Amy was in a senior position at a small law firm when one of the partners invited her out to lunch to “discuss her future prospects”.

She was already financial controller and didn’t really see what prospects there were to discuss. But when she arrived at the meeting, at an upscale restaurant in George Town, it quickly became clear that work was not on the agenda.

“He came straight out and said he wanted to have a relationship with me,” she remembers.
The man was married and Amy (not her real name) was in a serious relationship. She told him clearly and unequivocally that she was not interested.

“It was a really awkward moment,” she said.

“Sitting at the table, right there and then, I realised my job there was done.”

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The conversation had flowed freely to that point but afterwards, she recalls, it was stilted.

Towards the end of the meeting, she says, the partner made some comment that he didn’t see much opportunity for advancement or expansion in her current role.

Soon after, she found she was being left out of email chains and frozen out of meetings she had previously been asked to attend.

She had been with the firm for four years but three months after that lunch, she quit.
“I was so angry,” she said. “I thought, ‘I’m not putting up with this’ and I left.”

No escape

Making a move in an industry where there were few available positions on an equivalent level was risky for her career but she made the leap and found work as regional financial controller in a large firm.

She didn’t escape the culture of sexism and harassment that she believes is common within the profession, however.

In her new role, she answered to a global director who was based overseas. He visited Cayman occasionally and had a reputation for being over familiar with the female employees.

For the most part, she says, it was leering looks and hands left on the shoulder a little too long. She put up with it as part of the territory.

Things escalated, however, when she visited the island where he was based, for a business trip.

“He invited me to a dinner party at his house. I assumed it was a work thing but when I got there, there were no other people from the company – it was him and his wife and their friends.”

The man had driven her to the event straight from the office and at the end of the night, she had no means of getting home. He suggested she stay in the spare room.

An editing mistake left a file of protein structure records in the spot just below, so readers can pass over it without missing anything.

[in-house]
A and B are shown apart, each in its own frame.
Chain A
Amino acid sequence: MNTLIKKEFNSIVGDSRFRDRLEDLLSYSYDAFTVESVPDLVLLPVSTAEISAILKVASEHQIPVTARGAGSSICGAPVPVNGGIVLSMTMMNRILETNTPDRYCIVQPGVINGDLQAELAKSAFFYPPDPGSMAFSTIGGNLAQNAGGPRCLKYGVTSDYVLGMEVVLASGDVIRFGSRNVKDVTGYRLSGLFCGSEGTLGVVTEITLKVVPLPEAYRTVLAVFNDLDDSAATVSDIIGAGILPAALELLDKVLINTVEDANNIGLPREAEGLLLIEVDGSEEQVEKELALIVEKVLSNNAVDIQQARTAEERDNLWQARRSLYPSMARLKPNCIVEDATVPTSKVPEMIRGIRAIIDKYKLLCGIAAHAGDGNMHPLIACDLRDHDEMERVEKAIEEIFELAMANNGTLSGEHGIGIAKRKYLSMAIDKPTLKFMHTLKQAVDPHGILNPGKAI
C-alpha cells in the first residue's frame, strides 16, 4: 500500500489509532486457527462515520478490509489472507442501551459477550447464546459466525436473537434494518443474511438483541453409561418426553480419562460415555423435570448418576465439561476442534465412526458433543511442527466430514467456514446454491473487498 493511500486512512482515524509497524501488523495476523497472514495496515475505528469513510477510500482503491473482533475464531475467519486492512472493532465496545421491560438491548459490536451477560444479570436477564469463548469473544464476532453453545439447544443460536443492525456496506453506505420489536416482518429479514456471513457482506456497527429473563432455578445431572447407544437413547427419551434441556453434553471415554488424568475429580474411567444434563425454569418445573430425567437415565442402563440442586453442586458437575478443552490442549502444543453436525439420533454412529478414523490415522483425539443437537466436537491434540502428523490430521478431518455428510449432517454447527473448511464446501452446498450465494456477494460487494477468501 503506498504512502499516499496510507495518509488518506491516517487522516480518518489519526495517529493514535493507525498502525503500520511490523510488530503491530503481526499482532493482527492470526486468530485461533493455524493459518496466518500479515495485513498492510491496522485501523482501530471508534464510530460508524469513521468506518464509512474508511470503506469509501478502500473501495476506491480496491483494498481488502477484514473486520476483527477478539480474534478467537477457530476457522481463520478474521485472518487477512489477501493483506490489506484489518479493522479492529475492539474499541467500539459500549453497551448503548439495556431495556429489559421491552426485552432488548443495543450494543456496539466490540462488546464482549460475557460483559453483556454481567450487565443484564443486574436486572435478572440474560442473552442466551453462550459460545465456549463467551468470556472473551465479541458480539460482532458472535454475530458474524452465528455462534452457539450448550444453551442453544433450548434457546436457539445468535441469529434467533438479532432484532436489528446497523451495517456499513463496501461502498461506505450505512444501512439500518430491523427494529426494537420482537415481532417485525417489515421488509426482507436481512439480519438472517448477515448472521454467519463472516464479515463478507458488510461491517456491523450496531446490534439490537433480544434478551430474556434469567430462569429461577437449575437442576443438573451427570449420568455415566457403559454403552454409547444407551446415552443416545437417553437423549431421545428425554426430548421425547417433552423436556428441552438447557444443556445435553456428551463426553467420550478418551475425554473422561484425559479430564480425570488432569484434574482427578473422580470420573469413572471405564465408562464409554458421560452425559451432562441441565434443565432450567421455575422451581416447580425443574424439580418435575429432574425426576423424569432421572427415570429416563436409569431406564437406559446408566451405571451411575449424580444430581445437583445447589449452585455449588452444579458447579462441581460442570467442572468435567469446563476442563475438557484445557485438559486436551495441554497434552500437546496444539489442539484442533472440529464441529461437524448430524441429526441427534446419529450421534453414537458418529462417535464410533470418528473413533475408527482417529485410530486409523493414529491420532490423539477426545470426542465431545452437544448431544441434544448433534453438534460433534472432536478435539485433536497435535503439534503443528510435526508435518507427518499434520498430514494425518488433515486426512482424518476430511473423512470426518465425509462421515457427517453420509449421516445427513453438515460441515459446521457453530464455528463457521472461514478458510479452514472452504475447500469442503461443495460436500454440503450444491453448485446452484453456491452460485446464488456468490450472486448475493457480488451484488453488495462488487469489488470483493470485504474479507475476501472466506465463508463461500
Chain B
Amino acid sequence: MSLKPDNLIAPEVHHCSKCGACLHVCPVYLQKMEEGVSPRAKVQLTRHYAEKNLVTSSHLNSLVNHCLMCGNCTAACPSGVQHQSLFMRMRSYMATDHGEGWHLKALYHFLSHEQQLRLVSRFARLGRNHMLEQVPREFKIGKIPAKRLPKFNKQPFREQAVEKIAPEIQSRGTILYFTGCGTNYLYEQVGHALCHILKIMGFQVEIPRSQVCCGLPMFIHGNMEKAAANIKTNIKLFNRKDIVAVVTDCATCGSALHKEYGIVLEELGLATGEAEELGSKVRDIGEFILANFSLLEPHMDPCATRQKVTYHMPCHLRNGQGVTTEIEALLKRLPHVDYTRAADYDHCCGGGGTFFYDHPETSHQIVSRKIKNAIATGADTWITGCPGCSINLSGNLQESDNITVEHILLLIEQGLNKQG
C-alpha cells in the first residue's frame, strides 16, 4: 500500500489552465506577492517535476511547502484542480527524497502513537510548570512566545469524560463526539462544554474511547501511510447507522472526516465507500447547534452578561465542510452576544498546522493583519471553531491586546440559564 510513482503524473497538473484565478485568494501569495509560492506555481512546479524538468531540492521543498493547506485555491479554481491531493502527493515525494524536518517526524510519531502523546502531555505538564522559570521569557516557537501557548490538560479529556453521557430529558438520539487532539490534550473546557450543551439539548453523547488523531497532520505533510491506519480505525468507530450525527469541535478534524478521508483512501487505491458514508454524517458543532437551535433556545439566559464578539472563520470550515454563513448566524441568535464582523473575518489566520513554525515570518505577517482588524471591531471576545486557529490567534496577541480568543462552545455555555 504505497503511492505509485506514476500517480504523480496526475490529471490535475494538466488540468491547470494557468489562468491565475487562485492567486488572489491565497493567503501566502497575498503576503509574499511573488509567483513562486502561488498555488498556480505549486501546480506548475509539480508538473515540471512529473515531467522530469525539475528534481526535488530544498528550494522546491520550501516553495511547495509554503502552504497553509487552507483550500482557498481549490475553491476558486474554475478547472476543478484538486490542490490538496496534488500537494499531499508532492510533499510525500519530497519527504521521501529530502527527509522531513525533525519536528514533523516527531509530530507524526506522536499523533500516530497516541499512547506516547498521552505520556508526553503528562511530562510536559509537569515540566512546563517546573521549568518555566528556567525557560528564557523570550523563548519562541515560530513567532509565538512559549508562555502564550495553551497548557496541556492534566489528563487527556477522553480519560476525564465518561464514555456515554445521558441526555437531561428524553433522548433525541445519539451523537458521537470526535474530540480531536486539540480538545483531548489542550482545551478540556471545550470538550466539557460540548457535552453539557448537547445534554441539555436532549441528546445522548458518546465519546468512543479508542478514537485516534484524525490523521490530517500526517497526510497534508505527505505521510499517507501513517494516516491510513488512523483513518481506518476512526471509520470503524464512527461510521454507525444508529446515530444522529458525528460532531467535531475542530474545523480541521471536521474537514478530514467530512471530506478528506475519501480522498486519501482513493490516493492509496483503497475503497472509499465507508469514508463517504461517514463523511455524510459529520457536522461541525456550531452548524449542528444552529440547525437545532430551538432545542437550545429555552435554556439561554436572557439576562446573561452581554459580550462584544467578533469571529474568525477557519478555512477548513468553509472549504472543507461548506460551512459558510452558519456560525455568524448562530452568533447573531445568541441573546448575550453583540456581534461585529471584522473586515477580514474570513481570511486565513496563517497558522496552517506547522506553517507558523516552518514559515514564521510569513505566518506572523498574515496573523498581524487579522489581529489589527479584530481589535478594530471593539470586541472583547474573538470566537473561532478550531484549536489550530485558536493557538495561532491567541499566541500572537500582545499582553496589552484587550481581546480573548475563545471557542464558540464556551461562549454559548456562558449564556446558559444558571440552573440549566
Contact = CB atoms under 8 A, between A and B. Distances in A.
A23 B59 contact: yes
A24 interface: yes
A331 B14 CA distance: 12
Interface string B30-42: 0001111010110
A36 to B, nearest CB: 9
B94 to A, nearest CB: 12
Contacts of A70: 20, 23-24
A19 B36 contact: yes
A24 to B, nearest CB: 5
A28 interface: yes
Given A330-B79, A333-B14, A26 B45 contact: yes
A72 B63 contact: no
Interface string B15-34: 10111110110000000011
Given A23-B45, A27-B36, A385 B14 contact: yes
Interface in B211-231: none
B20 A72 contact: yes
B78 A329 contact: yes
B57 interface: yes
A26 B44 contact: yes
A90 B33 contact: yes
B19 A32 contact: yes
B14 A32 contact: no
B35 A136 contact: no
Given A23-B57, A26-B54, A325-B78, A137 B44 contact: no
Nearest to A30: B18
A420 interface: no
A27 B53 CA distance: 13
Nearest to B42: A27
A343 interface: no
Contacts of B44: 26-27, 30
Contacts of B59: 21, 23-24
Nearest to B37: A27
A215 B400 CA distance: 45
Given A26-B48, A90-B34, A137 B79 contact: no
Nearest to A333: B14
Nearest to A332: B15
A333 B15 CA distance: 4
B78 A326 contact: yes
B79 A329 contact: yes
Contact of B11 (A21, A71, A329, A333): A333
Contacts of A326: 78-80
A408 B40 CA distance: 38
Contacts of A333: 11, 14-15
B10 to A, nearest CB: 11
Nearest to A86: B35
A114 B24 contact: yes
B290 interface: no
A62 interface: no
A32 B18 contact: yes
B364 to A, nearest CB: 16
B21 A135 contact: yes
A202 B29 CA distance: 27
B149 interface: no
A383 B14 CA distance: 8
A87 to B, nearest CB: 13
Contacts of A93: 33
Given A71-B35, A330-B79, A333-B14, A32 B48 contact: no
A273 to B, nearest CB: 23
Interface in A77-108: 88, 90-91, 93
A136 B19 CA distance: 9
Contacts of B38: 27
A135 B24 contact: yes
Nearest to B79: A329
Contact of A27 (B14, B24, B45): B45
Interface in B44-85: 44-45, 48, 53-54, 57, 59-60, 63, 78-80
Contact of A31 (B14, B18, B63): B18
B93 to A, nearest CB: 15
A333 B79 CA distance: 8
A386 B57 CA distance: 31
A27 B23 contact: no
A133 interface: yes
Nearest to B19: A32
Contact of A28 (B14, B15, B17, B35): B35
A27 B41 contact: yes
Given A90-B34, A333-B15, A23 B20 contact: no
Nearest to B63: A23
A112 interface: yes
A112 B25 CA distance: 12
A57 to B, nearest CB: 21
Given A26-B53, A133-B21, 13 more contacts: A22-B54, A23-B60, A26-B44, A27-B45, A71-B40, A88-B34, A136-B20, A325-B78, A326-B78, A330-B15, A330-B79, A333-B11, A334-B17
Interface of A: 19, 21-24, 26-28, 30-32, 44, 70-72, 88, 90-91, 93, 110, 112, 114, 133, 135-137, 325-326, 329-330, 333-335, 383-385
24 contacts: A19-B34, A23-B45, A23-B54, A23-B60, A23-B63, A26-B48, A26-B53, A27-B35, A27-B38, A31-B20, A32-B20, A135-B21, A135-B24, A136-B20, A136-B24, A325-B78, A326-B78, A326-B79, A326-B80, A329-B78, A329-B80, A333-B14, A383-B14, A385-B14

She had only been in bed for a few minutes when she saw the door handle start to move.
“I had locked the door and left the key on the inside. I heard him fumbling with it for a while and I could see the key moving in the lock.”

The man didn’t say anything and eventually he went away. When she woke the next morning, he had already left and his wife had to drive her home.

No one to report to

Amy didn’t report either incident. In the first case, she said, the partners were also responsible for HR. There was no one to complain to.

On the second occasion, she knew the man had ‘a reputation’ within the firm.

“It was well known what he was like and nobody had done anything. I just carried on as if nothing had happened.”

In a long career, she says, those are the incidents that stand out. But sexism, harassment and inappropriate behaviour are almost routine in the legal profession, in her experience.

“You are dealing with a lot of egos and in some firms the partners are treated like celebrities,” she said. It doesn’t help, she acknowledges, that some women use that to their advantage, pursuing relationships that help their career. The mix of social and work life with networking events and weekly happy hours, where attendance is expected, also feed into an environment where the line between office romance and sexual harassment gets blurred.

Success in the profession, she says, is too often dictated by how you interact with the senior partners.

In some firms, she warns, that translates to how much inappropriate behaviour you are prepared to tolerate or go along with.

“I am a strong person and I was never going to submit to anything like that,” she says, “I do worry, though, for young women coming into the industry.”


Throughout June, the Cayman Compass Issues section is shining a light on the problem of sexual harassment in Cayman. We are providing a forum for women and men impacted by the issue to tell their stories, and examining possible solutions to make the islands a safer place to live and work. Join the conversation at or email Issues Editor James Whittaker on [email protected]

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